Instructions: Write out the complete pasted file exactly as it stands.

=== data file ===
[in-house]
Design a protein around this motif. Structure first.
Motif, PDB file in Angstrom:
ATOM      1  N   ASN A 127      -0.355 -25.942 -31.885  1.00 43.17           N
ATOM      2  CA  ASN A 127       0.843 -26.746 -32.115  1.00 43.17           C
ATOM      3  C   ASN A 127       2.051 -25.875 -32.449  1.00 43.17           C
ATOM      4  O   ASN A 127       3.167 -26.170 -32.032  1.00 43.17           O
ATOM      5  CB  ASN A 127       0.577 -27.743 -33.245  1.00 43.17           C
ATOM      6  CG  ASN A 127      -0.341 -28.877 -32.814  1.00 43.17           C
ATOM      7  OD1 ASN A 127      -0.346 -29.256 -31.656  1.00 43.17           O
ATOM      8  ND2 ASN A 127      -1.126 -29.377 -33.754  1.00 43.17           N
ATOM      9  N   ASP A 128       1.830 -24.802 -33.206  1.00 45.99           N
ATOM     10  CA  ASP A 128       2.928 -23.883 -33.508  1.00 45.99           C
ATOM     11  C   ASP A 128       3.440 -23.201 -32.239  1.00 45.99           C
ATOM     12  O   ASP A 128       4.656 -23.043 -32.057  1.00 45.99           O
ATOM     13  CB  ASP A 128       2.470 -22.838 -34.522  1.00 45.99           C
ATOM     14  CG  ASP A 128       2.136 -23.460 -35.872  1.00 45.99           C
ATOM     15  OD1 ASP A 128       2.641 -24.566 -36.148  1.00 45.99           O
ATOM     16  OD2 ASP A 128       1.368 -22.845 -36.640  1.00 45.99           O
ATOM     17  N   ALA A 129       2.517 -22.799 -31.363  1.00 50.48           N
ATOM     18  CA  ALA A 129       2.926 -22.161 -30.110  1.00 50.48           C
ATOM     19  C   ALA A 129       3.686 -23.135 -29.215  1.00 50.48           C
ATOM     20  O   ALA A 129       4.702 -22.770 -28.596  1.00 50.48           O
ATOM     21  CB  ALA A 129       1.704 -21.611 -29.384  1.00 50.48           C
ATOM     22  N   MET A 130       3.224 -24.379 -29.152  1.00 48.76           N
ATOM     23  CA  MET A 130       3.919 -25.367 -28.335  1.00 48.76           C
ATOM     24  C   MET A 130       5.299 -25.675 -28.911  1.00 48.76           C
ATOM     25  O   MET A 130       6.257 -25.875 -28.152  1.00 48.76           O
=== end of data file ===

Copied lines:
[in-house]
Design a protein around this motif. Structure first.
Motif, PDB file in Angstrom:
ATOM      1  N   ASN A 127      -0.355 -25.942 -31.885  1.00 43.17           N
ATOM      2  CA  ASN A 127       0.843 -26.746 -32.115  1.00 43.17           C
ATOM      3  C   ASN A 127       2.051 -25.875 -32.449  1.00 43.17           C
ATOM      4  O   ASN A 127       3.167 -26.170 -32.032  1.00 43.17           O
ATOM      5  CB  ASN A 127       0.577 -27.743 -33.245  1.00 43.17           C
ATOM      6  CG  ASN A 127      -0.341 -28.877 -32.814  1.00 43.17           C
ATOM      7  OD1 ASN A 127      -0.346 -29.256 -31.656  1.00 43.17           O
ATOM      8  ND2 ASN A 127      -1.126 -29.377 -33.754  1.00 43.17           N
ATOM      9  N   ASP A 128       1.830 -24.802 -33.206  1.00 45.99           N
ATOM     10  CA  ASP A 128       2.928 -23.883 -33.508  1.00 45.99           C
ATOM     11  C   ASP A 128       3.440 -23.201 -32.239  1.00 45.99           C
ATOM     12  O   ASP A 128       4.656 -23.043 -32.057  1.00 45.99           O
ATOM     13  CB  ASP A 128       2.470 -22.838 -34.522  1.00 45.99           C
ATOM     14  CG  ASP A 128       2.136 -23.460 -35.872  1.00 45.99           C
ATOM     15  OD1 ASP A 128       2.641 -24.566 -36.148  1.00 45.99           O
ATOM     16  OD2 ASP A 128       1.368 -22.845 -36.640  1.00 45.99           O
ATOM     17  N   ALA A 129       2.517 -22.799 -31.363  1.00 50.48           N
ATOM     18  CA  ALA A 129       2.926 -22.161 -30.110  1.00 50.48           C
ATOM     19  C   ALA A 129       3.686 -23.135 -29.215  1.00 50.48           C
ATOM     20  O   ALA A 129       4.702 -22.770 -28.596  1.00 50.48           O
ATOM     21  CB  ALA A 129       1.704 -21.611 -29.384  1.00 50.48           C
ATOM     22  N   MET A 130       3.224 -24.379 -29.152  1.00 48.76           N
ATOM     23  CA  MET A 130       3.919 -25.367 -28.335  1.00 48.76           C
ATOM     24  C   MET A 130       5.299 -25.675 -28.911  1.00 48.76           C
ATOM     25  O   MET A 130       6.257 -25.875 -28.152  1.00 48.76           O